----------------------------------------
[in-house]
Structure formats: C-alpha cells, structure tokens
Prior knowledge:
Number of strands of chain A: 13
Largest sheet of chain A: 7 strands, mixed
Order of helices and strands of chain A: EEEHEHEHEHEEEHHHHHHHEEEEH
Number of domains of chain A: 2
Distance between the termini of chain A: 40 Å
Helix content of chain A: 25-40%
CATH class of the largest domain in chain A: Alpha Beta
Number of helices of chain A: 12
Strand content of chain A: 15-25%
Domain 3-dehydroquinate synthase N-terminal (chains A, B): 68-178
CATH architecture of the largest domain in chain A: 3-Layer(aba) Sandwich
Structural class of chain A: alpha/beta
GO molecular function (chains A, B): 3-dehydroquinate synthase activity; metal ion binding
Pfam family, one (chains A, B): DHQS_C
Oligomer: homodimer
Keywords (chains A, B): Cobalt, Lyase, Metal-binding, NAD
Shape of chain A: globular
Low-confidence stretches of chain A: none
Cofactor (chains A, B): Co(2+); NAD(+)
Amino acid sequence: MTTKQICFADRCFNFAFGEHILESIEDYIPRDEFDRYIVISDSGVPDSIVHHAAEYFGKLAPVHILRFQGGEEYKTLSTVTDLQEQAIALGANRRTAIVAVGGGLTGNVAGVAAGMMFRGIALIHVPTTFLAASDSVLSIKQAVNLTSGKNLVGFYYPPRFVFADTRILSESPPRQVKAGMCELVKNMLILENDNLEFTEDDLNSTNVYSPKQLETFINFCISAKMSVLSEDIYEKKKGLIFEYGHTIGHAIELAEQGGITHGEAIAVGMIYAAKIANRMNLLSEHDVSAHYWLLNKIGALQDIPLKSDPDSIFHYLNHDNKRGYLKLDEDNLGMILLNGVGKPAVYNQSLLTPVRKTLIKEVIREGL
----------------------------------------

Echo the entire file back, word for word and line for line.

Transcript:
[in-house]
Structure formats: C-alpha cells, structure tokens
Prior knowledge:
Number of strands of chain A: 13
Largest sheet of chain A: 7 strands, mixed
Order of helices and strands of chain A: EEEHEHEHEHEEEHHHHHHHEEEEH
Number of domains of chain A: 2
Distance between the termini of chain A: 40 Å
Helix content of chain A: 25-40%
CATH class of the largest domain in chain A: Alpha Beta
Number of helices of chain A: 12
Strand content of chain A: 15-25%
Domain 3-dehydroquinate synthase N-terminal (chains A, B): 68-178
CATH architecture of the largest domain in chain A: 3-Layer(aba) Sandwich
Structural class of chain A: alpha/beta
GO molecular function (chains A, B): 3-dehydroquinate synthase activity; metal ion binding
Pfam family, one (chains A, B): DHQS_C
Oligomer: homodimer
Keywords (chains A, B): Cobalt, Lyase, Metal-binding, NAD
Shape of chain A: globular
Low-confidence stretches of chain A: none
Cofactor (chains A, B): Co(2+); NAD(+)
Amino acid sequence: MTTKQICFADRCFNFAFGEHILESIEDYIPRDEFDRYIVISDSGVPDSIVHHAAEYFGKLAPVHILRFQGGEEYKTLSTVTDLQEQAIALGANRRTAIVAVGGGLTGNVAGVAAGMMFRGIALIHVPTTFLAASDSVLSIKQAVNLTSGKNLVGFYYPPRFVFADTRILSESPPRQVKAGMCELVKNMLILENDNLEFTEDDLNSTNVYSPKQLETFINFCISAKMSVLSEDIYEKKKGLIFEYGHTIGHAIELAEQGGITHGEAIAVGMIYAAKIANRMNLLSEHDVSAHYWLLNKIGALQDIPLKSDPDSIFHYLNHDNKRGYLKLDEDNLGMILLNGVGKPAVYNQSLLTPVRKTLIKEVIREGL